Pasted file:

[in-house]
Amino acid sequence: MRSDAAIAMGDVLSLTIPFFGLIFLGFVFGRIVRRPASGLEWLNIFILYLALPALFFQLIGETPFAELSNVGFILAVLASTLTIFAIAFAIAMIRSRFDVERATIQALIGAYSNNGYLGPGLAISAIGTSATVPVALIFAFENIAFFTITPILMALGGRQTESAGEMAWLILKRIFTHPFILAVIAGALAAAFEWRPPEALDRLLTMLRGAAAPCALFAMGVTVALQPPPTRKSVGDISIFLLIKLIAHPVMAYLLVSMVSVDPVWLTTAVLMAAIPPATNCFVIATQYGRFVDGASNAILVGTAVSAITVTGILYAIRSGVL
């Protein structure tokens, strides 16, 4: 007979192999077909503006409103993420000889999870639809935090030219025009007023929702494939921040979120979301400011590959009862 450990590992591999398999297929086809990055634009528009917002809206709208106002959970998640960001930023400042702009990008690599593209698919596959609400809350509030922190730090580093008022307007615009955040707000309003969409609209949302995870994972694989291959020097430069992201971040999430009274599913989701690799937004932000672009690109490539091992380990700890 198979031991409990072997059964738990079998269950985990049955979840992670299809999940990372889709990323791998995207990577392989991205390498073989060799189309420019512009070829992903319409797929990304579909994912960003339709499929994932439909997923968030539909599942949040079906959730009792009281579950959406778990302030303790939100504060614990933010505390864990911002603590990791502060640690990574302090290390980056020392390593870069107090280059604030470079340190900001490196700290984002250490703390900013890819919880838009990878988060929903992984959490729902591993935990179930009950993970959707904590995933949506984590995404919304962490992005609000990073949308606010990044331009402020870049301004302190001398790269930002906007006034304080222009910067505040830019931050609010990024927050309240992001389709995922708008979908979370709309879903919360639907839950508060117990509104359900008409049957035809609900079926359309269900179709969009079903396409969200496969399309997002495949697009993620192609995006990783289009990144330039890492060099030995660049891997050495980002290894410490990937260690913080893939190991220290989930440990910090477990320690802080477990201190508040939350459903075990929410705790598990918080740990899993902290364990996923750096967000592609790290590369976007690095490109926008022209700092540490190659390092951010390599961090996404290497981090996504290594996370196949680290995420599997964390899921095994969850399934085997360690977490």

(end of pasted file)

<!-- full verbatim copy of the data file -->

[in-house]
Amino acid sequence: MRSDAAIAMGDVLSLTIPFFGLIFLGFVFGRIVRRPASGLEWLNIFILYLALPALFFQLIGETPFAELSNVGFILAVLASTLTIFAIAFAIAMIRSRFDVERATIQALIGAYSNNGYLGPGLAISAIGTSATVPVALIFAFENIAFFTITPILMALGGRQTESAGEMAWLILKRIFTHPFILAVIAGALAAAFEWRPPEALDRLLTMLRGAAAPCALFAMGVTVALQPPPTRKSVGDISIFLLIKLIAHPVMAYLLVSMVSVDPVWLTTAVLMAAIPPATNCFVIATQYGRFVDGASNAILVGTAVSAITVTGILYAIRSGVL
């Protein structure tokens, strides 16, 4: 007979192999077909503006409103993420000889999870639809935090030219025009007023929702494939921040979120979301400011590959009862 450990590992591999398999297929086809990055634009528009917002809206709208106002959970998640960001930023400042702009990008690599593209698919596959609400809350509030922190730090580093008022307007615009955040707000309003969409609209949302995870994972694989291959020097430069992201971040999430009274599913989701690799937004932000672009690109490539091992380990700890 198979031991409990072997059964738990079998269950985990049955979840992670299809999940990372889709990323791998995207990577392989991205390498073989060799189309420019512009070829992903319409797929990304579909994912960003339709499929994932439909997923968030539909599942949040079906959730009792009281579950959406778990302030303790939100504060614990933010505390864990911002603590990791502060640690990574302090290390980056020392390593870069107090280059604030470079340190900001490196700290984002250490703390900013890819919880838009990878988060929903992984959490729902591993935990179930009950993970959707904590995933949506984590995404919304962490992005609000990073949308606010990044331009402020870049301004302190001398790269930002906007006034304080222009910067505040830019931050609010990024927050309240992001389709995922708008979908979370709309879903919360639907839950508060117990509104359900008409049957035809609900079926359309269900179709969009079903396409969200496969399309997002495949697009993620192609995006990783289009990144330039890492060099030995660049891997050495980002290894410490990937260690913080893939190991220290989930440990910090477990320690802080477990201190508040939350459903075990929410705790598990918080740990899993902290364990996923750096967000592609790290590369976007690095490109926008022209700092540490190659390092951010390599961090996404290497981090996504290594996370196949680290995420599997964390899921095994969850399934085997360690977490």